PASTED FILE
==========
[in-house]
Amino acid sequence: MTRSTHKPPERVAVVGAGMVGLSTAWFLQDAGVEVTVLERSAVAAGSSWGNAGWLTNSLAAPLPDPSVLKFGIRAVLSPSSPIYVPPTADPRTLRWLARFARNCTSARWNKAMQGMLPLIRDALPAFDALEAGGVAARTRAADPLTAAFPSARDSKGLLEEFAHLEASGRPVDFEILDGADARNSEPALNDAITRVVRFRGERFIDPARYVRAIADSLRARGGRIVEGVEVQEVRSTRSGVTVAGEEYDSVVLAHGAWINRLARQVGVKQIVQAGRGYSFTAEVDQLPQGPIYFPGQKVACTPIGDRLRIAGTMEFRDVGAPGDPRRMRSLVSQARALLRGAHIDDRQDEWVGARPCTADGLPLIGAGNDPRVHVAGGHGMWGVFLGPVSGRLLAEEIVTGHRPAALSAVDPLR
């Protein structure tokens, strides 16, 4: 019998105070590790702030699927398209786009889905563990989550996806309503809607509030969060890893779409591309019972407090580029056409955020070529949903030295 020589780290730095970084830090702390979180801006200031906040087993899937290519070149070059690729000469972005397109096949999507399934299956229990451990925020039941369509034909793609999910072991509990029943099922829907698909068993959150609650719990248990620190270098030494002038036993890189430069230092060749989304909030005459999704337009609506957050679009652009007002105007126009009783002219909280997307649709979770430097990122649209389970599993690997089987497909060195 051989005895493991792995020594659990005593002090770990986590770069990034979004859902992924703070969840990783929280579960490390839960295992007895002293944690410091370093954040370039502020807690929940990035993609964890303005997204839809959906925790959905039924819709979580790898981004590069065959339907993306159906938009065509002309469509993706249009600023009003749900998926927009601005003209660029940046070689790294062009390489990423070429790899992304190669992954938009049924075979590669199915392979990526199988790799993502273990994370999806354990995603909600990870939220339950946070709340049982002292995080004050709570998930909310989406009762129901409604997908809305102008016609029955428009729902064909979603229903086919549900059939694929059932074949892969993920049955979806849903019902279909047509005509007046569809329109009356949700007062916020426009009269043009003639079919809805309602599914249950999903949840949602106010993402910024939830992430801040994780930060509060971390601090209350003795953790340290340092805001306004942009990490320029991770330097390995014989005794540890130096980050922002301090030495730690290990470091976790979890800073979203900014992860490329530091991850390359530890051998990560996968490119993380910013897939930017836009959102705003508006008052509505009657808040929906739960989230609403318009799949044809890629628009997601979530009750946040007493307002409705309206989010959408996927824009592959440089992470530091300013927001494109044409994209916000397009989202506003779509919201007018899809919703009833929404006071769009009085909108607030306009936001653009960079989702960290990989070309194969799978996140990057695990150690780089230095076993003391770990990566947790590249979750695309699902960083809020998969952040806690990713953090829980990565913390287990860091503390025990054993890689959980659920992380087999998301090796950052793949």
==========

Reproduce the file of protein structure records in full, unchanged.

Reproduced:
[in-house]
Amino acid sequence: MTRSTHKPPERVAVVGAGMVGLSTAWFLQDAGVEVTVLERSAVAAGSSWGNAGWLTNSLAAPLPDPSVLKFGIRAVLSPSSPIYVPPTADPRTLRWLARFARNCTSARWNKAMQGMLPLIRDALPAFDALEAGGVAARTRAADPLTAAFPSARDSKGLLEEFAHLEASGRPVDFEILDGADARNSEPALNDAITRVVRFRGERFIDPARYVRAIADSLRARGGRIVEGVEVQEVRSTRSGVTVAGEEYDSVVLAHGAWINRLARQVGVKQIVQAGRGYSFTAEVDQLPQGPIYFPGQKVACTPIGDRLRIAGTMEFRDVGAPGDPRRMRSLVSQARALLRGAHIDDRQDEWVGARPCTADGLPLIGAGNDPRVHVAGGHGMWGVFLGPVSGRLLAEEIVTGHRPAALSAVDPLR
């Protein structure tokens, strides 16, 4: 019998105070590790702030699927398209786009889905563990989550996806309503809607509030969060890893779409591309019972407090580029056409955020070529949903030295 020589780290730095970084830090702390979180801006200031906040087993899937290519070149070059690729000469972005397109096949999507399934299956229990451990925020039941369509034909793609999910072991509990029943099922829907698909068993959150609650719990248990620190270098030494002038036993890189430069230092060749989304909030005459999704337009609506957050679009652009007002105007126009009783002219909280997307649709979770430097990122649209389970599993690997089987497909060195 051989005895493991792995020594659990005593002090770990986590770069990034979004859902992924703070969840990783929280579960490390839960295992007895002293944690410091370093954040370039502020807690929940990035993609964890303005997204839809959906925790959905039924819709979580790898981004590069065959339907993306159906938009065509002309469509993706249009600023009003749900998926927009601005003209660029940046070689790294062009390489990423070429790899992304190669992954938009049924075979590669199915392979990526199988790799993502273990994370999806354990995603909600990870939220339950946070709340049982002292995080004050709570998930909310989406009762129901409604997908809305102008016609029955428009729902064909979603229903086919549900059939694929059932074949892969993920049955979806849903019902279909047509005509007046569809329109009356949700007062916020426009009269043009003639079919809805309602599914249950999903949840949602106010993402910024939830992430801040994780930060509060971390601090209350003795953790340290340092805001306004942009990490320029991770330097390995014989005794540890130096980050922002301090030495730690290990470091976790979890800073979203900014992860490329530091991850390359530890051998990560996968490119993380910013897939930017836009959102705003508006008052509505009657808040929906739960989230609403318009799949044809890629628009997601979530009750946040007493307002409705309206989010959408996927824009592959440089992470530091300013927001494109044409994209916000397009989202506003779509919201007018899809919703009833929404006071769009009085909108607030306009936001653009960079989702960290990989070309194969799978996140990057695990150690780089230095076993003391770990990566947790590249979750695309699902960083809020998969952040806690990713953090829980990565913390287990860091503390025990054993890689959980659920992380087999998301090796950052793949």